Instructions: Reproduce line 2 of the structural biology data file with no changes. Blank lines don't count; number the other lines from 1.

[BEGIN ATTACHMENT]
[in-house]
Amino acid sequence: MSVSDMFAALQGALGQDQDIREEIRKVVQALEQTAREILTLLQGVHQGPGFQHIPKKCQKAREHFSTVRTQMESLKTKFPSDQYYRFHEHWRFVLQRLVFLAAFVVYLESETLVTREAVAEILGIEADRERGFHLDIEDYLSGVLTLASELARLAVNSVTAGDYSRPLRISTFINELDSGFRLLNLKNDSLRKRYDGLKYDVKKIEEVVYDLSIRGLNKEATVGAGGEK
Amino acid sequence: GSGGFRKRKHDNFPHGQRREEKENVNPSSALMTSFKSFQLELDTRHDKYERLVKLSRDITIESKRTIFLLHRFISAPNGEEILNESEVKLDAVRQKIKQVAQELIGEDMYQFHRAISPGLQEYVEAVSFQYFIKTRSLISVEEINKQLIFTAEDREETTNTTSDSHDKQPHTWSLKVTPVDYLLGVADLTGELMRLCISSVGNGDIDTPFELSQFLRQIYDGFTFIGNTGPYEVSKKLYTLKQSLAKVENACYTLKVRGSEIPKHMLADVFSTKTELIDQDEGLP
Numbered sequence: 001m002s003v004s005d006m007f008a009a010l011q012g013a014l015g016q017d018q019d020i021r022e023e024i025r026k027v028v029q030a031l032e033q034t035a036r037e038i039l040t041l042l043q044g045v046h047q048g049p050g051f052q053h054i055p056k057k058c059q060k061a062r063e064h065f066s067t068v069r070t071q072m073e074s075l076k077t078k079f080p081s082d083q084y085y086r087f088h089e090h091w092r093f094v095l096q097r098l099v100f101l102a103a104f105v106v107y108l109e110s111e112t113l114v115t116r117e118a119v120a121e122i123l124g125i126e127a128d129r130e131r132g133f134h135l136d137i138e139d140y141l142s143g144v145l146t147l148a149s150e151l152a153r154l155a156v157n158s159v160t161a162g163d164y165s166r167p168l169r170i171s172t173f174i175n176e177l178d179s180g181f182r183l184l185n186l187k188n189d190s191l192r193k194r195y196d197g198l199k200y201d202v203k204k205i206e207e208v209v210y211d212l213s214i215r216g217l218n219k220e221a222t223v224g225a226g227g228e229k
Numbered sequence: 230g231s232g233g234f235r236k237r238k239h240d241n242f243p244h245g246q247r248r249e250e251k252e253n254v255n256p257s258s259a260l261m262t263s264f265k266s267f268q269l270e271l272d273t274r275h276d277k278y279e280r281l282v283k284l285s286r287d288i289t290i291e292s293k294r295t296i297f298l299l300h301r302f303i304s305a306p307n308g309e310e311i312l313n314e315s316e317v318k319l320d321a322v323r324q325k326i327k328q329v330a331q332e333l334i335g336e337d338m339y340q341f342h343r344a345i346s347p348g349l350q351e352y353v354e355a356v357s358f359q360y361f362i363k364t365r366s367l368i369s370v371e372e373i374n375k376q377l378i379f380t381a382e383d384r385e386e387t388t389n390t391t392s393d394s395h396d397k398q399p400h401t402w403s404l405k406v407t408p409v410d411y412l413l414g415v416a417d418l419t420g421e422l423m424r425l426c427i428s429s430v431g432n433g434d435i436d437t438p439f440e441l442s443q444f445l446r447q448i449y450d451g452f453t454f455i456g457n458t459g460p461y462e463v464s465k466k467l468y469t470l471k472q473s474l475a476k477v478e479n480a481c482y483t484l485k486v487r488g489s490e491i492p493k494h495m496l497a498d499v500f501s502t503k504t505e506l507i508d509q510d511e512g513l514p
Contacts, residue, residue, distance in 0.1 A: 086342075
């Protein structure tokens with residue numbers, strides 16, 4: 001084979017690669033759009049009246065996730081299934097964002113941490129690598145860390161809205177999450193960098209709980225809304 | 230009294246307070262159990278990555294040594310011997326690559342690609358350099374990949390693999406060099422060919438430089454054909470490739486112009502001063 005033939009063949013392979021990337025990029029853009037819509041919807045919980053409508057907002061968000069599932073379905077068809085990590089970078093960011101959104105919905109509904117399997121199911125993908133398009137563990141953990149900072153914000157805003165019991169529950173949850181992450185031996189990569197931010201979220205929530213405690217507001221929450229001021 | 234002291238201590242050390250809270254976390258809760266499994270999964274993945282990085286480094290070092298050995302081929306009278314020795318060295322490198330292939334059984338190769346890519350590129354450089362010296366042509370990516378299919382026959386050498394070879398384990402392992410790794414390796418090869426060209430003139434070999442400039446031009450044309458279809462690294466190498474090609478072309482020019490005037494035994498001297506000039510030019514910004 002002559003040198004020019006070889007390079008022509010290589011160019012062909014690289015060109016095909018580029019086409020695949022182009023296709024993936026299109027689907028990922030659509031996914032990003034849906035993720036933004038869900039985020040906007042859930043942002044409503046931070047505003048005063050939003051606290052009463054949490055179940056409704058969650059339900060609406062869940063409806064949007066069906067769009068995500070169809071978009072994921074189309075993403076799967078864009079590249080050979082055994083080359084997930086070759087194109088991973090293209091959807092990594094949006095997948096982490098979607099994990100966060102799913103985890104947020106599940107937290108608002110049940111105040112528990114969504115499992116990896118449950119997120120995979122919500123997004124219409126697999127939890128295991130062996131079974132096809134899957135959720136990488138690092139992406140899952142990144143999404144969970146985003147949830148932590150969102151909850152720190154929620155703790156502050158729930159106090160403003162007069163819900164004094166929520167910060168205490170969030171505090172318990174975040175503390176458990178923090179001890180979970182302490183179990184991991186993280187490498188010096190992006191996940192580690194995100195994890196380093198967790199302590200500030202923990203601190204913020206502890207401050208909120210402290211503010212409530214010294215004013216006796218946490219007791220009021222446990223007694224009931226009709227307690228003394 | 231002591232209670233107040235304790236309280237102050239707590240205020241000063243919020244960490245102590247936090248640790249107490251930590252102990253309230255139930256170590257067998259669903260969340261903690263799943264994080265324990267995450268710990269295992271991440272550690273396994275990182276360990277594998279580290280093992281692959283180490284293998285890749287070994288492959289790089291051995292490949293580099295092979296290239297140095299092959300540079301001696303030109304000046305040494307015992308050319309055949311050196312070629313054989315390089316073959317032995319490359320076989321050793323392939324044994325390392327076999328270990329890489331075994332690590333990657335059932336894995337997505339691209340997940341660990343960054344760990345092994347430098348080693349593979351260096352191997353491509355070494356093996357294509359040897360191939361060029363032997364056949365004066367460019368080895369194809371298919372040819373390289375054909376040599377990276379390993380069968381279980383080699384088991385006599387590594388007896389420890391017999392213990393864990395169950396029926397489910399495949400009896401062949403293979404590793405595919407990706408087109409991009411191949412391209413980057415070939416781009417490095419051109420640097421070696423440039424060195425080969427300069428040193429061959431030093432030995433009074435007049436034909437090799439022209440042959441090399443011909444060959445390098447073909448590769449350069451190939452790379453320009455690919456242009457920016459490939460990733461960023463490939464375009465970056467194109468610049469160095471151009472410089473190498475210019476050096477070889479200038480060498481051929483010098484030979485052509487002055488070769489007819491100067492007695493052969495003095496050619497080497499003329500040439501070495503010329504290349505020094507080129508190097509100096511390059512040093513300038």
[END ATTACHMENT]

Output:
Amino acid sequence: MSVSDMFAALQGALGQDQDIREEIRKVVQALEQTAREILTLLQGVHQGPGFQHIPKKCQKAREHFSTVRTQMESLKTKFPSDQYYRFHEHWRFVLQRLVFLAAFVVYLESETLVTREAVAEILGIEADRERGFHLDIEDYLSGVLTLASELARLAVNSVTAGDYSRPLRISTFINELDSGFRLLNLKNDSLRKRYDGLKYDVKKIEEVVYDLSIRGLNKEATVGAGGEK